Biotech Leads the Way in Health Care Stocks to Boost 401(k) Returns

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Biotech stocks along with ETFs in the sector have generated large returns in 2016, producing double-digit gains which could help boost the returns of 401(k)s and IRAs.

Investors seeking to get greater yields or to increase diversification in their retirement portfolios should examine the health care sector as a hedge against recessions, said K.C. Ma, a CFA and director of the Roland George investments program at Stetson University in Deland, Fla. Consumer staples, utilities and other defensive sectors such as health care continue to be the "shining stars even after Brexit," he said.

Biotech and Pharma Immune to Recessions

The biotechnology and pharmaceuticals industries are the most immune to a potential market pullback or recession, Ma said. These ETFs have performed well this year with Arca Biotech ETF (FBT) up by 22% since February, Vectors Biotech ETF (BBH)  up 20%, Dynamic Pharmaceuticals ETF (PJP)  up 14% and U.S. Pharmaceuticals ETF (IHE)  up 15%.

The returns have been strong, because major pharmaceutical companies have acquired drugs in various areas and diseases such as cancer have been great acquisition targets, said Patrick Morris, CEO of NY-based HAGIN Investment Management. Other popular drugs which have yielded gains include cardiovascular medicine and pharmaceuticals targeting heart and vascular health.

"Anything in diabetes is worth a shot and anti-depressants are always worth looking at," he said. "Think about how many people suffer from a disease and who is working on novel compounds for treatment."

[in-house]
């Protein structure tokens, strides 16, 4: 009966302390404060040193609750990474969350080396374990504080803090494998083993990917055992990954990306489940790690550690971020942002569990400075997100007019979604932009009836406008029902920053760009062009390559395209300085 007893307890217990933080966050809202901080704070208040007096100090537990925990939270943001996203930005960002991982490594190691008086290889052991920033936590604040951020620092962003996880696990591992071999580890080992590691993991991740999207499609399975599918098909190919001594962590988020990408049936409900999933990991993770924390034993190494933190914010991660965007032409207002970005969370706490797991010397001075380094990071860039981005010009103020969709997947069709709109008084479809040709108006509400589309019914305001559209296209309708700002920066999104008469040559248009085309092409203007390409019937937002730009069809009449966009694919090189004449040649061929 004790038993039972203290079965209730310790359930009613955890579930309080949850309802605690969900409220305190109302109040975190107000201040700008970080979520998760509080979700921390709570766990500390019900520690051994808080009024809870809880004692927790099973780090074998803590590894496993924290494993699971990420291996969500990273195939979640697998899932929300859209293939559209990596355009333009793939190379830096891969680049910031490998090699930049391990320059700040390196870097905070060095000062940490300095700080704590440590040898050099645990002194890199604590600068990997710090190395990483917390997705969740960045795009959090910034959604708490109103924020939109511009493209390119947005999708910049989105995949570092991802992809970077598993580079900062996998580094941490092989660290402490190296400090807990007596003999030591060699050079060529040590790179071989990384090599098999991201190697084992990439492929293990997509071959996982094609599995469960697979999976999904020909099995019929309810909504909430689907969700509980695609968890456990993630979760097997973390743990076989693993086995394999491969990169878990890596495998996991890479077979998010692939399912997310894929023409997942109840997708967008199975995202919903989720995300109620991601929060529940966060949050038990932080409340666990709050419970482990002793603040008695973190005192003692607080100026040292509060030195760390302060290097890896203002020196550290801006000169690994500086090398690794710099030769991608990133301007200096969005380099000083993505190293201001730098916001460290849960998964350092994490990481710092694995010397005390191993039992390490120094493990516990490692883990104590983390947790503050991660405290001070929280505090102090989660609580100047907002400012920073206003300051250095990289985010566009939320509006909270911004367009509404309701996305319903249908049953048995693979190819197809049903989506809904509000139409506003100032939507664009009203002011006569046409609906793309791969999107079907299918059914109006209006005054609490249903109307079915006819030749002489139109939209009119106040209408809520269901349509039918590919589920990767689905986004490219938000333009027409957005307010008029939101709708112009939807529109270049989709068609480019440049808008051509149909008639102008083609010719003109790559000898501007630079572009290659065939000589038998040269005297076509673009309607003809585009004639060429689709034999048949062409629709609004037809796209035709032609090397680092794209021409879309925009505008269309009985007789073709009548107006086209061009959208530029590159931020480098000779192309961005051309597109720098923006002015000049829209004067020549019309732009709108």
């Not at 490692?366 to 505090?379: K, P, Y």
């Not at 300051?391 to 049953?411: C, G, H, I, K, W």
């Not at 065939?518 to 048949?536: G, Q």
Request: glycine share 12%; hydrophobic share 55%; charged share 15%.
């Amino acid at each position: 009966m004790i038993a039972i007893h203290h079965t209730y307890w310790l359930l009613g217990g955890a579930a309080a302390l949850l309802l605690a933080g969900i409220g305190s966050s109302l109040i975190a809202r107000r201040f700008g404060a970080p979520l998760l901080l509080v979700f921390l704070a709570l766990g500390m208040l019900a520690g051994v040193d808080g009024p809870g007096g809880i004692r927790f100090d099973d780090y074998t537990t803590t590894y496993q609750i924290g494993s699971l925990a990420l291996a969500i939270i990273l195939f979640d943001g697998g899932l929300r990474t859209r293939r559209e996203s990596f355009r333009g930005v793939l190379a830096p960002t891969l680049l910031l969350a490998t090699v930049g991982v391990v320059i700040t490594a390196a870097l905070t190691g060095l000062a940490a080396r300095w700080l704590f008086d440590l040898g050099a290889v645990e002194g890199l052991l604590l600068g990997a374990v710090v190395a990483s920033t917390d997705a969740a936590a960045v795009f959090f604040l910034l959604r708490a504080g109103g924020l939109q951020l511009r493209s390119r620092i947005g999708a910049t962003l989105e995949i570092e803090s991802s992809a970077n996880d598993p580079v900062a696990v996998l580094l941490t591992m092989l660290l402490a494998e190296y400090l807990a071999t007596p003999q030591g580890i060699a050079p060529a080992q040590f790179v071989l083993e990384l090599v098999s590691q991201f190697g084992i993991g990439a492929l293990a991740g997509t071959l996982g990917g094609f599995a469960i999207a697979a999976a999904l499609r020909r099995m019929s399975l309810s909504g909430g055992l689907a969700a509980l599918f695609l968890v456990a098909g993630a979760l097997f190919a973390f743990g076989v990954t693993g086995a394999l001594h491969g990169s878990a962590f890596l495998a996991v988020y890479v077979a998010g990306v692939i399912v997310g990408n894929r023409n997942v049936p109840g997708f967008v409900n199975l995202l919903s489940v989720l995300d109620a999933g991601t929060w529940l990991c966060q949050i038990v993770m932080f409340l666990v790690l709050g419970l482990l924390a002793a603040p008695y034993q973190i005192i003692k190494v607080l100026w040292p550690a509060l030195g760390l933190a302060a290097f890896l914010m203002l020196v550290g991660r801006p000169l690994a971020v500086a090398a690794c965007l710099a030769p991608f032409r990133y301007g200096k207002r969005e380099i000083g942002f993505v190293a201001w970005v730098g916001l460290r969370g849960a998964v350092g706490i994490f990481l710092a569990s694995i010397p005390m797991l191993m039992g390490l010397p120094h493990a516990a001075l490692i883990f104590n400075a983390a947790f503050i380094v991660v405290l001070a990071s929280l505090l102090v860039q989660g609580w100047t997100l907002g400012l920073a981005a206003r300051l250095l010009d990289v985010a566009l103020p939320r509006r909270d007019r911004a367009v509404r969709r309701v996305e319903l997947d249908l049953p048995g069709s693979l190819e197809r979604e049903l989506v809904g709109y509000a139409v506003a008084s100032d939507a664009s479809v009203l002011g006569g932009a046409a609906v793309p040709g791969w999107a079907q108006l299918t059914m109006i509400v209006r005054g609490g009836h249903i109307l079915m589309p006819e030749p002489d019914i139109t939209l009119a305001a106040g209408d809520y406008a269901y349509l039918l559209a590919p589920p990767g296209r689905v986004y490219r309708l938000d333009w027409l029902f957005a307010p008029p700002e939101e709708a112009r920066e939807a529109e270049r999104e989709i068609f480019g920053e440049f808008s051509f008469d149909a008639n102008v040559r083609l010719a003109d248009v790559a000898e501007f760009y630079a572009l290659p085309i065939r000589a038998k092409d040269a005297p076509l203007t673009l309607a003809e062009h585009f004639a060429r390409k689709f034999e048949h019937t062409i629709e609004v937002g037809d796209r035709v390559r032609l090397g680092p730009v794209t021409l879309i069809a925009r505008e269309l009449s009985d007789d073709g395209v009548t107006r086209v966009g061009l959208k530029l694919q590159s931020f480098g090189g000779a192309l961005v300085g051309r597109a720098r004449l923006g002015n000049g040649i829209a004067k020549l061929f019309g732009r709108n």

Diversified biotech ETFs are a solid option for retail investors. While Fidelity, Janus and T. Rowe Price all have "some good funds, they lack the ability to be nimble," Morris said. "Eventide, Highland and Alger have mutual funds which performed well in the first quarter and might be worth a look."

One of the variables is that the biotech the sector experienced many declines in 2015, so there is a "dogs of the Dow" concept at work, he said. Biotech stocks could be due for a rebound, but the industry tends to either produce either large successes or complete failures such as not receiving FDA approval.

What to Avoid

Investors whose portfolios which are highly concentrated in 10 to 30 biotech stocks will experience more volatility and a smaller concentrated exposure would result in both high risk and returns, Morris said.

Avoid purchasing biotech funds which have large positions or 20% or more in big pharma, because that exposure probably already exists in your portfolio, he said.

Accessing small cap biotech stocks is more difficult for investors because the majority of health care ETFs consist of mid and large cap stocks.

A smart beta ETF launched by Principal Financial Group (PFG) , a Des Moines, Iowa-based financial services company, the Principal Healthcare Innovators Index ETF (BTEC) , invests in early stage small cap health care companies with a focus on biotech and life science and tracks the Nasdaq U.S. Healthcare Innovators Index. These small cap companies are aiming to create cures for cancer or develop new medical technologies and adding them can provide a "greater upside and downside versus broader, larger cap health care benchmarks," said Paul Kim, managing director of ETF strategy.

Retail investors should shy away from high dividend paying healthcare stocks because their prices have risen as people are pursuing equity income, he said.

"Getting exposure to earlier stage companies is a bet on innovation and continued importance of healthcare," he said. "It's hard to pick winners in the FDA approval process and BTEC can provide efficient exposure to the trends benefiting this group of companies."